People

As long as you’re happy: Cub Sport are becoming themselves

From left: Tim Nelson and Sam Netterfield.

Can I build my life around you? So asks Cub Sport’s singer-songwriter frontman Tim Nelson on the track Party Pill, off the band’s eponymous third full-length record. It’s a quick line at the end of the track’s chorus – blink and you’ll miss – but one that sums up the energy of the LP succinctly: unabashed vulnerability, all cards on the table. The song itself is inspired by the life of its writer, Nelson, and his relationship with bandmate and best friend Sam Netterfield. Their story reads like a romance novel – Nelson and Netterfield fell in love when they were 17, but a fear of coming out and accepting his queer identity kept Nelson from being able to commit. The pair decided to maintain a friendship, before forming Cub Sport  in 2011 alongside keyboardist / guitarist / vocalist Zoe Davis and drummer Dan Puusaari. It wasn’t until 2016 after the release of the band’s debut record This Is Our Vice that Nelson was able to accept and celebrate his gay identity and confess his (reciprocated) love to Netterfield. The pair became engaged in June 2017 before legally marrying in August 2018.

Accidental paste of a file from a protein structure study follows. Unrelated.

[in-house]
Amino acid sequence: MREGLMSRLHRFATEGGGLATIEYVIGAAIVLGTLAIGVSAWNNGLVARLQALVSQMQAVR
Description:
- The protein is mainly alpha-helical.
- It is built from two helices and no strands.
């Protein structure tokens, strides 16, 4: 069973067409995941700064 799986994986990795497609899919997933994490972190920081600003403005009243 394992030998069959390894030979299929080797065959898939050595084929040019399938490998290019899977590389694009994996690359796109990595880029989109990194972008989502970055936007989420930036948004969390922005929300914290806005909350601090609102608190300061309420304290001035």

Nelson can track the evolution of his personal journey through each of Cub Sport’s albums (This Is Our Vice was followed by BATS in 2017, and Cub Sport was released in January this year). “We started this band when we were really young and it feels like we’ve grown so much as a band and as individuals since we started,” he says. “This is the first album I’ve written entirely on the other side of coming out and it feels really triumphant. We’re stepping into our identity, telling our whole story and being proud of that – this part of the story really feels like Cub Sport.”

“I feel like our new album is our most beautiful release to date. I’ve always been drawn to music with a gentle energy and I feel like I’ve really allowed that to flow on this album.”

How has your sound changed from your first album to your current album. What are the artistic differences?